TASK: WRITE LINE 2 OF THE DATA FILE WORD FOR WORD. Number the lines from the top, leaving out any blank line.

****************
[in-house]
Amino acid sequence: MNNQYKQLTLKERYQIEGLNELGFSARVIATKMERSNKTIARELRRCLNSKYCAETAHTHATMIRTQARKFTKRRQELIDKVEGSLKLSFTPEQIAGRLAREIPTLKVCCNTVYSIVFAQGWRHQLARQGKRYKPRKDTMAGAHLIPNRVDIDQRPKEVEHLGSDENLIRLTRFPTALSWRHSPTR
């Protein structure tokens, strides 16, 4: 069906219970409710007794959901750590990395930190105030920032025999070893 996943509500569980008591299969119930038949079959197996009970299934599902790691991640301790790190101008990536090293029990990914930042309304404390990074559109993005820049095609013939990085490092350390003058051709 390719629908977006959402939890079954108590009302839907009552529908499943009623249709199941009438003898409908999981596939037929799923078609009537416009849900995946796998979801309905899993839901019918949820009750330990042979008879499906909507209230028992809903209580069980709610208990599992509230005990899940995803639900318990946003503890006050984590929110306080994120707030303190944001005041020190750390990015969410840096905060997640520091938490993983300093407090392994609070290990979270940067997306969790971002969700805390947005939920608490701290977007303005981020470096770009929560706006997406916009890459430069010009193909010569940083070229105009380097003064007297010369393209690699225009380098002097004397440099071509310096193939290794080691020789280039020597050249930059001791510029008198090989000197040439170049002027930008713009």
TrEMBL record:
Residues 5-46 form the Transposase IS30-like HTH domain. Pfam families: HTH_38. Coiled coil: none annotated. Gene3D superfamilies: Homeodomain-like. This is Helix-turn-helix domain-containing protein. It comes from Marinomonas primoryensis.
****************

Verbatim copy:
Amino acid sequence: MNNQYKQLTLKERYQIEGLNELGFSARVIATKMERSNKTIARELRRCLNSKYCAETAHTHATMIRTQARKFTKRRQELIDKVEGSLKLSFTPEQIAGRLAREIPTLKVCCNTVYSIVFAQGWRHQLARQGKRYKPRKDTMAGAHLIPNRVDIDQRPKEVEHLGSDENLIRLTRFPTALSWRHSPTR